The DECRA trial, an RCT that compared bifrontotemporoparietal decompressive craniectomy to initial medical management for refractory raised ICP, recruited patients in 15 tertiary care hospitals in Australia, New Zealand, and Saudi Arabia between December 2002 and April 2010.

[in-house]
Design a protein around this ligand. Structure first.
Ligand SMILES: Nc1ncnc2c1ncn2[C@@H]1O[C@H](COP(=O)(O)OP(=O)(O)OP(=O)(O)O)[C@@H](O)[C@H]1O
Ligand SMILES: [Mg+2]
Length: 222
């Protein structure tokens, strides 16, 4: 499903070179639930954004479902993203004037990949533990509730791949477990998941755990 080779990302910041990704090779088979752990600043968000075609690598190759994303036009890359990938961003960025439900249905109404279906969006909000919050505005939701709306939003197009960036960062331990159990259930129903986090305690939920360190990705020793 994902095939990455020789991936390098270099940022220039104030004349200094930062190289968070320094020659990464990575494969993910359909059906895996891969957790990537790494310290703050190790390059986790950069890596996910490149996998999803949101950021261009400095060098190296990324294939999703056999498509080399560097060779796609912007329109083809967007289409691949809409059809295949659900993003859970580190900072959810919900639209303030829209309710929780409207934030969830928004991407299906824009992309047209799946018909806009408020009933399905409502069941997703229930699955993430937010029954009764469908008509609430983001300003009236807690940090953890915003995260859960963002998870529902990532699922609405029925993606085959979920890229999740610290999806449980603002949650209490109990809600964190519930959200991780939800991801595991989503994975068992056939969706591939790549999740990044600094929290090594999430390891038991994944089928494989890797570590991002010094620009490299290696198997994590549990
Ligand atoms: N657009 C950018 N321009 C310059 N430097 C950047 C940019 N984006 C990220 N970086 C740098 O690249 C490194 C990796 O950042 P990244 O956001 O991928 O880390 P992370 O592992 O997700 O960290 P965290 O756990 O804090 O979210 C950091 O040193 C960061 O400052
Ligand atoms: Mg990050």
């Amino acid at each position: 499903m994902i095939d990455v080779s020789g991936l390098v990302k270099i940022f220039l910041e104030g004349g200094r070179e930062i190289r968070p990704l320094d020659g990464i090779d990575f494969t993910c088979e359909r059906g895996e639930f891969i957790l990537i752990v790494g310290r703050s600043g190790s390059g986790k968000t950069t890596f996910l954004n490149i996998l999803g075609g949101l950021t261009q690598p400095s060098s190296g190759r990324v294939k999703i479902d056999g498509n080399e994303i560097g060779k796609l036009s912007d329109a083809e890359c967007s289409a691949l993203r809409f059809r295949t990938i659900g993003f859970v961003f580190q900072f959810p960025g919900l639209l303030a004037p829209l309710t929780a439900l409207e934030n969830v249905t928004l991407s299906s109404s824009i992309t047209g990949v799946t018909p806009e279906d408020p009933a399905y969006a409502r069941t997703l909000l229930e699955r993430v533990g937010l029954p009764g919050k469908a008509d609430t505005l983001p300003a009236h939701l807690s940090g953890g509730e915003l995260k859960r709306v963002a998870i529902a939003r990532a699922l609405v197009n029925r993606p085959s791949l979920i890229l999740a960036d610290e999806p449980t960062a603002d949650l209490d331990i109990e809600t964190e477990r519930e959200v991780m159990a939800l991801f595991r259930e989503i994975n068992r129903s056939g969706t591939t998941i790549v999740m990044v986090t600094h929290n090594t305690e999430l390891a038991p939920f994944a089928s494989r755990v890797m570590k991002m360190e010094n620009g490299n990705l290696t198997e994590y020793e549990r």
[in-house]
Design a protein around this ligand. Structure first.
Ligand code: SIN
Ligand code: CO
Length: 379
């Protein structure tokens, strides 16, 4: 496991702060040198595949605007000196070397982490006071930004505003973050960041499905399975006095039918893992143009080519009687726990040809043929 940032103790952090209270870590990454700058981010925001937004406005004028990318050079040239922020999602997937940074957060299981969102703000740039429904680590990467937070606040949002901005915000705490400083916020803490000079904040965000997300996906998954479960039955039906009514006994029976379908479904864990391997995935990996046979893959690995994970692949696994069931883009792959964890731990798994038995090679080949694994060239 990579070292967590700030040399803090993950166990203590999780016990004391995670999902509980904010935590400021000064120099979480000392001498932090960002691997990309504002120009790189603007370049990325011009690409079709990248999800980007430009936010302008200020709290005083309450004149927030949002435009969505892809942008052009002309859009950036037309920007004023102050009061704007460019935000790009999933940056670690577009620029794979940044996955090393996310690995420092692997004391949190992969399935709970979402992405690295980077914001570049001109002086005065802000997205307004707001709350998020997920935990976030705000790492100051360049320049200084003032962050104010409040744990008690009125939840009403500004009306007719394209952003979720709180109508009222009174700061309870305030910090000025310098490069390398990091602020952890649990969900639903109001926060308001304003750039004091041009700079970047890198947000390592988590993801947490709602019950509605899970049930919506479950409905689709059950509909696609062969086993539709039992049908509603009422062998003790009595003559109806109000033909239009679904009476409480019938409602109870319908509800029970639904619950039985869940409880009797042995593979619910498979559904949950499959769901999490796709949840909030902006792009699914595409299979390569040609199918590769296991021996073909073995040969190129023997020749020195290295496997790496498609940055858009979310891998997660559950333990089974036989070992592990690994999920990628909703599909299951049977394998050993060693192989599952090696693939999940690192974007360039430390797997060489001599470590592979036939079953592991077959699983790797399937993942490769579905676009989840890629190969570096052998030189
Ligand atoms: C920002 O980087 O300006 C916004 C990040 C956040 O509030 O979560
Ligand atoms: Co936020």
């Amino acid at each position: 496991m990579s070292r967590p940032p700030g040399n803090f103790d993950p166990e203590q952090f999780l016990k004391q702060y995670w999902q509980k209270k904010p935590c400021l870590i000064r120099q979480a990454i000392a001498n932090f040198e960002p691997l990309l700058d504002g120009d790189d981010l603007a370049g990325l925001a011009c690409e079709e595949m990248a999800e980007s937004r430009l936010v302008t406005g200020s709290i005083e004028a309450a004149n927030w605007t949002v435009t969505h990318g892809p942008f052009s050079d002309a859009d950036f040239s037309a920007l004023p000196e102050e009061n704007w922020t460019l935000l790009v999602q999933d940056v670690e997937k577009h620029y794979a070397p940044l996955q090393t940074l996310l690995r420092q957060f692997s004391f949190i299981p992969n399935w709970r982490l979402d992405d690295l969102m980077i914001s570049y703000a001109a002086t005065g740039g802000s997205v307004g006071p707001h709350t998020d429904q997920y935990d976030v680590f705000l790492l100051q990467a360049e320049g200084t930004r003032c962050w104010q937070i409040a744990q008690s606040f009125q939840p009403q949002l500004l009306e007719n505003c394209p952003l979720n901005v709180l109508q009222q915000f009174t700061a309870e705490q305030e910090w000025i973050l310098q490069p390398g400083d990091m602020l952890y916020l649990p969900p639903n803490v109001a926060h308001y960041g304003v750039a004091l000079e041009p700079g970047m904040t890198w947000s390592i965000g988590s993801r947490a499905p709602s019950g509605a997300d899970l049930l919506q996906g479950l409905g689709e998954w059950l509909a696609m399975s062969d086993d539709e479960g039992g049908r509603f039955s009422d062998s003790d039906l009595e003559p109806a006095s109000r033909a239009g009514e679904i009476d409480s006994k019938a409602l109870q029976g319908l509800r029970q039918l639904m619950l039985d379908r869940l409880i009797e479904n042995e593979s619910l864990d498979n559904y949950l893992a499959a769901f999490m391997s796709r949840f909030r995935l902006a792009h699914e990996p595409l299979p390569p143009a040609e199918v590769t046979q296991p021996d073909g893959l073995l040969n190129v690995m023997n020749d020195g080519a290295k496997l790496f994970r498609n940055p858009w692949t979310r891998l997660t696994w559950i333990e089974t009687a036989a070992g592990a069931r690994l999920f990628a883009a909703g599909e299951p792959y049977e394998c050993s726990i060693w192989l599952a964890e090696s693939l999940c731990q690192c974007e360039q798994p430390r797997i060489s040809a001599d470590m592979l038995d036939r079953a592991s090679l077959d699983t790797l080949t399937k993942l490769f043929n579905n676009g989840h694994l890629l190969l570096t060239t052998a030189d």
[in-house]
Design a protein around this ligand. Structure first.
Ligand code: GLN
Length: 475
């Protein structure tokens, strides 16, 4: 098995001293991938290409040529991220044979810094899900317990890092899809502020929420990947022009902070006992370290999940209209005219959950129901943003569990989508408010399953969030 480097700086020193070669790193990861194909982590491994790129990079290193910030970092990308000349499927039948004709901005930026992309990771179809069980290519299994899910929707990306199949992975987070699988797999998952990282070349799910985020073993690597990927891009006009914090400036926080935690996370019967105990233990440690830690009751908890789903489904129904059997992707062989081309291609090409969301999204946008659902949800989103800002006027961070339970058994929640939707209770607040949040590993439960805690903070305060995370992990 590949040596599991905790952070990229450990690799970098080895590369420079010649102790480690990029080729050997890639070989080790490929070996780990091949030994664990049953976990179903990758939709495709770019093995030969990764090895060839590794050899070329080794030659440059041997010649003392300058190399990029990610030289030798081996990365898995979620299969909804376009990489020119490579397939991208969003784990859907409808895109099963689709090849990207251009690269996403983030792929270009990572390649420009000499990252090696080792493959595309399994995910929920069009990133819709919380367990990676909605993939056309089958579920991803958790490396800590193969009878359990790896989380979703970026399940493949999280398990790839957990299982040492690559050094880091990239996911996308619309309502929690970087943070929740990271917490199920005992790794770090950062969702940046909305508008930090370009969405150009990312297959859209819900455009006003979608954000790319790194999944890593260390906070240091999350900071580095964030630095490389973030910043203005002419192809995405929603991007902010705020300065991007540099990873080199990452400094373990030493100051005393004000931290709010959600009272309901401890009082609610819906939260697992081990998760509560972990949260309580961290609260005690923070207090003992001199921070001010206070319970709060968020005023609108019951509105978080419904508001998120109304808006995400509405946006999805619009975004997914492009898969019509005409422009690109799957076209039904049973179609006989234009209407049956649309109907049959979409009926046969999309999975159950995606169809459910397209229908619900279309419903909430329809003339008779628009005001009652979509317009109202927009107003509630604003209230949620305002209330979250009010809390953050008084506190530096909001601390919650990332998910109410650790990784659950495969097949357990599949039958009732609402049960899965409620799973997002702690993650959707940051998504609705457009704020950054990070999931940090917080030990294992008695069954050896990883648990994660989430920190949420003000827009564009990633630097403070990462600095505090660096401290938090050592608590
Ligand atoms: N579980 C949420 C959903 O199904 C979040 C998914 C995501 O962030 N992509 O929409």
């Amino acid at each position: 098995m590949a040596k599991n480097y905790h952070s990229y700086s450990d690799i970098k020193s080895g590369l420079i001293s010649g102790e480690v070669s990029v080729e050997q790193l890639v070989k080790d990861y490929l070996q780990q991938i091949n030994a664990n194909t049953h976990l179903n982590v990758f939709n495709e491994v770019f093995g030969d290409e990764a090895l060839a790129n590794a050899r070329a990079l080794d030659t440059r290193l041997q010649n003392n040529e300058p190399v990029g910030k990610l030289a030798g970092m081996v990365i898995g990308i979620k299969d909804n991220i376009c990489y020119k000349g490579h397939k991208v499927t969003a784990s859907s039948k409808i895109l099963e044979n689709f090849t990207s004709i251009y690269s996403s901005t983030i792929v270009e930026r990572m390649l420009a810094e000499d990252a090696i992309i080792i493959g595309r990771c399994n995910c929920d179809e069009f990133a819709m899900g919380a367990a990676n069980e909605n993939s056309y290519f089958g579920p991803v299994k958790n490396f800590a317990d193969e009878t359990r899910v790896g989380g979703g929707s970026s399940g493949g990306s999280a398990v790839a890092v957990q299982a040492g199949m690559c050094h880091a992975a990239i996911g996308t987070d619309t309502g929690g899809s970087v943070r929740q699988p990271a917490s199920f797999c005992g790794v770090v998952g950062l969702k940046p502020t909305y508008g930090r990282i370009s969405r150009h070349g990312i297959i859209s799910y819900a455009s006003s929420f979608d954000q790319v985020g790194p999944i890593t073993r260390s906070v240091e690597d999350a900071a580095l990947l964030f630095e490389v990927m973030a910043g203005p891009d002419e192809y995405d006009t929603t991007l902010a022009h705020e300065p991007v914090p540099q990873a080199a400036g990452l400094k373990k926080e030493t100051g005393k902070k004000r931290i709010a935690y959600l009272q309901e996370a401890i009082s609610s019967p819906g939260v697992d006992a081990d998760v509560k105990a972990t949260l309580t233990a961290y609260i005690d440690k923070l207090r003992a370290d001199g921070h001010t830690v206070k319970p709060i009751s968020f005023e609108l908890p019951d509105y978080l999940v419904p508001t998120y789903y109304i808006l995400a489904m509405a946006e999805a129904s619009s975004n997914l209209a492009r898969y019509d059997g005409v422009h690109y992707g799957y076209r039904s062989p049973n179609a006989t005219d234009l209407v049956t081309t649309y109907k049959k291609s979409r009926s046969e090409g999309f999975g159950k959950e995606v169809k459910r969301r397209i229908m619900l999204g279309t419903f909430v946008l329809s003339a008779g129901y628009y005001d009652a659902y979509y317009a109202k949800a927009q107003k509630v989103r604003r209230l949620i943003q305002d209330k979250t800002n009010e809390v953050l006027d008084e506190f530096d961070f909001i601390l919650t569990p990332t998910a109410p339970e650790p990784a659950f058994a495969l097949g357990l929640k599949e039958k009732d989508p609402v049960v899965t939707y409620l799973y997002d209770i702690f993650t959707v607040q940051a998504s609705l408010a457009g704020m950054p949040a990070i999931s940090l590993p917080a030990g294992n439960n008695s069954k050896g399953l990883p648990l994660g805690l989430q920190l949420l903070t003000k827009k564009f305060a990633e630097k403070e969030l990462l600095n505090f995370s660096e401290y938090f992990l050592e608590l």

This study found poorer GOS-E scores for patients in the DC group than those in standard care at 6 months post- injury, and lower ICP and fewer ICU days for patients in the DC group. Despite randomization, the proportion of patients in the DC group with reactivity in neither pupil on admission was higher (27% vs. 12%, p=0.04) than in controls. Planned baseline covariate adjustment did not change the results, but post hoc adjustment for this difference in pupil reactivity at admission resulted in outcome differences that were no longer significant. Based on this, the authors reported that “…the overall effect size did not change, although the harmful effect of craniectomy was no longer significant. A beneficial effect of craniectomy was excluded.” 1).